North Highland believes homelessness, along with other forms of poverty, will persist unless we change our perspective. We challenge whether continuing to disproportionately address the symptoms of poverty is the best approach, or whether we would be better served by shifting effort and resources to disrupting its root causes. Let’s stop poverty before it starts.  


As North Highland mapped our economic empowerment strategy, we conducted initial research over several months which yielded interesting findings:

  • There appears to be a disproportionate number of non-profits focused on poverty’s most urgent symptoms such as homelessness, substance abuse, chronic unemployment, incarceration and food insecurity. 
  • Meanwhile, a number of leading US poverty experts and foundations such as Boston-based EMPath, the Annie E. Casey Foundation and the W.K. Kellogg Foundation are placing greater emphasis on initiatives aimed at poverty prevention. Examples include quality K-12 education, vocational skills training, financial literacy and enactment of stronger policies to improve minimum wages, increase the supply of affordable housing and provide access to affordable healthcare.
  • Effective program and workflow management and the use of data and analytics are gaps for many small and medium-sized non-profits providing human services.
  • Many non-profits focused on human services are juggling shrinking budgets and administrative staff while competing for donations, grants and volunteers.
  • Individuals who have participated in their city’s leadership development program want to help improve outcomes for their community’s non-profits, but are frustrated when they discover limited investment in process management and efficiency tools and related skills gaps.
  • Corporate foundations and major philanthropists are increasingly focused on stopping the poverty cycle and understanding the impact of their grants versus addressing symptoms and the outcomes of non-profit programs.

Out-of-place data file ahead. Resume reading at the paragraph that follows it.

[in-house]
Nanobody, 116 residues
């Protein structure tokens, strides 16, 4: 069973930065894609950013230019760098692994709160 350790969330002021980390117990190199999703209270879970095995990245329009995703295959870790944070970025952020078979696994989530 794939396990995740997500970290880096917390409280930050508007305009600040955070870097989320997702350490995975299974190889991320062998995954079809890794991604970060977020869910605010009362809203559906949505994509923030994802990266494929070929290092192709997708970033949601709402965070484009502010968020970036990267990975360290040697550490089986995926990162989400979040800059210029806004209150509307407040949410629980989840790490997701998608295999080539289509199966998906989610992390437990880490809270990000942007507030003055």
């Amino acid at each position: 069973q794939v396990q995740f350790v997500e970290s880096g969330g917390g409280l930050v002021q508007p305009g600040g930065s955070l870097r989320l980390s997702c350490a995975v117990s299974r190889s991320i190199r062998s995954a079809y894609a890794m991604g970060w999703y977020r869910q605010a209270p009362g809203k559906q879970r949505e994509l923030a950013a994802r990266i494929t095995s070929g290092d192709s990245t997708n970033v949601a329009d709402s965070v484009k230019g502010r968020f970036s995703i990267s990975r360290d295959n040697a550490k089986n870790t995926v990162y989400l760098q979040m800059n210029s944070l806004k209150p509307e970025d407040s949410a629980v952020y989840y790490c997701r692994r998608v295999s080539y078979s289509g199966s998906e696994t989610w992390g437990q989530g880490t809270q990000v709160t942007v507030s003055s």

• Some non-profits focused on human services experience mission-drift because they expand into adjacencies where they lack expertise in an effort to bolster revenue or to differentiate, instead of thinking about partnerships.  

These findings are important as we look at poverty through a new lens. Poverty elimination is attainable in our lifetime. This can be accomplished through an approach that brings together social services experts and proven business methodologies for problem resolution coupled with forward-thinking policies on minimum wage thresholds, affordable healthcare and access to quality education for all children.


Founded 25 years ago as a ‘locally first’ firm, we now have more than 3,000 employees and affiliates in offices in 60 global markets. North Highland has always been strongly connected to the communities in which we live and work. We take as much pride in giving back to our communities through volunteerism as we do in solving complex business problems for our clients. That’s why we’re so passionate about solving the poverty challenge. Given poverty is both a social and economic issue, our audacious premise is why not attack it as the ultimate business challenge? Why not use proven data-driven analysis, strategic planning, goal setting, process improvement, change management and stakeholder accountability in that fight?

Our vision of ‘Unleashing Potential Together’ is squarely aligned with our commitment to fighting poverty in our communities by bringing together like-minded parties. Creating transformational social change is a lofty target requiring a ‘we’ orientation from the start. That’s why we have launched North Highland pilots targeting poverty elimination in five cities in partnership with academic and civic groups, select non-profits and various social services experts: Los Angeles, Portland (OR), Atlanta, the Philadelphia area and London.

Over the next 12 months, our pilots will explore how applying consulting skills in customer experience (CX), performance improvement, technology and digital, and transformation might accelerate the outcomes and impact of the partner non-profits.

Separate from our pilots, although aligned, we were recently engaged by a London-based social services agency to map the journey to homelessness using a CX approach with an end-goal of improving program effectiveness. We believe using a business consulting approach could potentially be scaled to other similar organizations.

Poverty is not a social issue affecting ‘other’ people. It is a moral and economic issue affecting all of us. Our society will never reach its full potential unless all members are economically self-sufficient by their own definition with the wherewithal to contribute their unique skills, energy and ideas. Poverty is one of the greatest problems of our time and one that demands everyone’s involvement so that our society can thrive as a whole. 

North Highland rises to the challenge of being part of the solution.


[1] Annie E. Casey Foundation, “Kids Count” pg. 31 2014

[2] US Census Bureau

[3] Center for American Progress -

[4] Office for National Statistics -